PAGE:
I like to think I'm a pretty seasoned multitasker. You'll often find me jumping between dozens of open Chrome tabs, Slack and Pixelmator Pro for editing photos — and that's on top of Spotify playing in the background. But the Apple Vision Pro takes multitasking to the next level, and not even the Meta Quest 3 or Meta Quest Pro can offer the same seamless experience.
With the Vision Pro, you can pin multiple apps around the room you're in anywhere you want, moving them around and resizing them with simple hand gestures. For example, if you want Safari to get bigger, you just look at the bottom right corner of the app and drag the corner. Want to move the app to your left or even above you? Just look at and select the bar beneath the app and put it wherever you like.
Now that I've been testing the Vision Pro for over a week I have a go-to setup in my home office that I like to use. I pin the Apple Music app to the left of my standing desk and I place the Slack app to my right so I can glance at incoming messages without having to be distracted by them all the time. But it's the middle of my view that Meta can't copy.
If your MacBook lid is open, you'll see a floating Connect icon above the laptop. You just look at it and tap your fingers together and — boom — your desktop appears in front of you within the Vision Pro. And from there you can enlarge the screen. Plus, you can easily type using your MacBook Pro keyboard and leverage your existing mouse.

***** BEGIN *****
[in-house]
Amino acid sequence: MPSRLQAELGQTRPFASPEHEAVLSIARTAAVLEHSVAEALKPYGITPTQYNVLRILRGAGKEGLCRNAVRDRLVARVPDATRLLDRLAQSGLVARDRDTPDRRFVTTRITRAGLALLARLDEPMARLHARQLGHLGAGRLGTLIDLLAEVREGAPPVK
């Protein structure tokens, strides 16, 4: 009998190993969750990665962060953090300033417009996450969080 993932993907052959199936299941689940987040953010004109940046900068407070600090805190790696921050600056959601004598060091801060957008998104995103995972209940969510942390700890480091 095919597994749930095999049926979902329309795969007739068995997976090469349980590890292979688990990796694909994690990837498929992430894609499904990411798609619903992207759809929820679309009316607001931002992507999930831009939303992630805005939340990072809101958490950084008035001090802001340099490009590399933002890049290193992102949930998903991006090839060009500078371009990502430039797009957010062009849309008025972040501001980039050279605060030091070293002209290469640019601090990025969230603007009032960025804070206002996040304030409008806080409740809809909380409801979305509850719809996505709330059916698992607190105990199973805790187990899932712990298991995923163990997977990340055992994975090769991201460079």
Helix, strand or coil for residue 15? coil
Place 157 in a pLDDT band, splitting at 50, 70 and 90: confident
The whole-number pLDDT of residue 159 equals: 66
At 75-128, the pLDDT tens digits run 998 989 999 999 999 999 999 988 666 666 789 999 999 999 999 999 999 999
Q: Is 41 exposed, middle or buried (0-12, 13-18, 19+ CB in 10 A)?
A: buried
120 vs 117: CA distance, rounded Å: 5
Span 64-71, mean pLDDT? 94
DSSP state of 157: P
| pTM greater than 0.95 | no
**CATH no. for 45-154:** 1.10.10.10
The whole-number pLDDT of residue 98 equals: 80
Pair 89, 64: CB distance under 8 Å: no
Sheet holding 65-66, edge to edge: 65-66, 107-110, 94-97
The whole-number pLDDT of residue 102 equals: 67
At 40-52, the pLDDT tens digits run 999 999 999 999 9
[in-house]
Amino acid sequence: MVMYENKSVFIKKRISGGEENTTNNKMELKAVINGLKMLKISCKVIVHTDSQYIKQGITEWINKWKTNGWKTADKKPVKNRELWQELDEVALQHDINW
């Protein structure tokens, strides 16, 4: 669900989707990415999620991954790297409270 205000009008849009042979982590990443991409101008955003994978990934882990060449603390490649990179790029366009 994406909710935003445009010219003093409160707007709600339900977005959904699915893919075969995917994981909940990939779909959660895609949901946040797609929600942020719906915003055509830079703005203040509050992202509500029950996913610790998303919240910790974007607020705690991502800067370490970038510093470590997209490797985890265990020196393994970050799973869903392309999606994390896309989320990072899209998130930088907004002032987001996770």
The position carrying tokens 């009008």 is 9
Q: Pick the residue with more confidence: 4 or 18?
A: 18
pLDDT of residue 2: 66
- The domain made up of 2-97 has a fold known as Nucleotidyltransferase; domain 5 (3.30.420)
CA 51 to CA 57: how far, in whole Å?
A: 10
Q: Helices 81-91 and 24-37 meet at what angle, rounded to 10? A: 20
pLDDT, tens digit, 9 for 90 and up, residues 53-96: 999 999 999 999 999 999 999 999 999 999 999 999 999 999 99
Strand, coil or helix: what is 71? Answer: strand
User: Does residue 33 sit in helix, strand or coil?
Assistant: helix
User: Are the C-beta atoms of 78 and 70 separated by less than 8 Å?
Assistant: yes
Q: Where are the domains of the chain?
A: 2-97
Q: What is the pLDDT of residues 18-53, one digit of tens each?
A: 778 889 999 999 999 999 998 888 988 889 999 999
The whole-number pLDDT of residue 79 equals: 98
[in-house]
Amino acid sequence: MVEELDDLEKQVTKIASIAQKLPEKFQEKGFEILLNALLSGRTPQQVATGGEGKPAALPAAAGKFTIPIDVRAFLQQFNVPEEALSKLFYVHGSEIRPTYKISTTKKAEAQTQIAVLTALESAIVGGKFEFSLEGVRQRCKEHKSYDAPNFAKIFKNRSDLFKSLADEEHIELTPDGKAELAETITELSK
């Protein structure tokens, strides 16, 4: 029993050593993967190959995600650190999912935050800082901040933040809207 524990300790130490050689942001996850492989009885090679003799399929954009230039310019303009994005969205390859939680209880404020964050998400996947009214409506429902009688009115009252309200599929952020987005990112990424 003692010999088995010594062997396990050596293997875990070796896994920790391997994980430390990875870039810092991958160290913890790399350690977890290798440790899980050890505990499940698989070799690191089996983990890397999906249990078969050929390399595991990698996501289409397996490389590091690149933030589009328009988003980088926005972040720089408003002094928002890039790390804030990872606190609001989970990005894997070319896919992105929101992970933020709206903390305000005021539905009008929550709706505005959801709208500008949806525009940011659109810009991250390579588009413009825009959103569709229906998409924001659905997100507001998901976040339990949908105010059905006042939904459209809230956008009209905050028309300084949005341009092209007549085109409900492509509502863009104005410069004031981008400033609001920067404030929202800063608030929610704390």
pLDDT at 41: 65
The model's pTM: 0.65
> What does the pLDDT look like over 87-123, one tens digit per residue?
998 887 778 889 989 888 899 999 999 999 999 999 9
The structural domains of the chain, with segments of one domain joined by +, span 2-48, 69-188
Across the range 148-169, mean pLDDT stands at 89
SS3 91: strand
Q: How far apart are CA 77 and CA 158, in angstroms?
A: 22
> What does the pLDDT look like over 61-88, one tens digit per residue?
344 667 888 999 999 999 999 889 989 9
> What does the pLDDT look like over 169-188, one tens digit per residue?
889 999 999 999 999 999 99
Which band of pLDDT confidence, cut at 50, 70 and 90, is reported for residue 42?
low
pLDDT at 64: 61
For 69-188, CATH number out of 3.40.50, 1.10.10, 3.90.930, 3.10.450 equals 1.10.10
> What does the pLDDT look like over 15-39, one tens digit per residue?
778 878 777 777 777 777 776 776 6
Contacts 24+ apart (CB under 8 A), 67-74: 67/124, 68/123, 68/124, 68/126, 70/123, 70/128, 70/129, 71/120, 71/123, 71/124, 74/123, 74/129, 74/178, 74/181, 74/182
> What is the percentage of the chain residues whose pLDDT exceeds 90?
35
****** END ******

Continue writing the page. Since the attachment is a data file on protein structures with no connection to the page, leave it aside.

It gets better. If you're in a native Vision Pro app and want to bring something into your Mac, you can easily select Copy and then Paste it into the Mac the way you normally would. It would be even cooler if that text or photo just appeared if you dragged it on top of your virtual desktop, but it's still pretty impressive.
To be fair, the Meta Quest 3 and Meta Quest Pro both now offer a Meta Quest Remote Desktop app that's in beta. But I couldn't resize the desktop on the Meta Quest 3 (only the window around it), and the resolution isn't nearly as sharp. You also need to manually launch the dedicated Remote Desktop app instead of just looking at your Mac to connect. It works but it's far from magical.
Spatial computing on the Vision Pro isn't perfect, either. The headset is a bit too heavy to wear for more than a couple of hours at a time. And you'll need to plug in that battery that's always attached to the headset if you want to have continuous power. But overall, I feel like multitasking on the Vision Pro is a huge selling point, whether you're at home, in the office or on the road.
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Mark Spoonauer is the global editor in chief of Tom's Guide and has covered technology for over 20 years. In addition to overseeing the direction of Tom's Guide, Mark specializes in covering all things mobile, having reviewed dozens of smartphones and other gadgets. He has spoken at key industry events and appears regularly on TV to discuss the latest trends, including Cheddar, Fox Business and other outlets. Mark was previously editor in chief of Laptop Mag, and his work has appeared in Wired, Popular Science and Inc. Follow him on Twitter at @mspoonauer.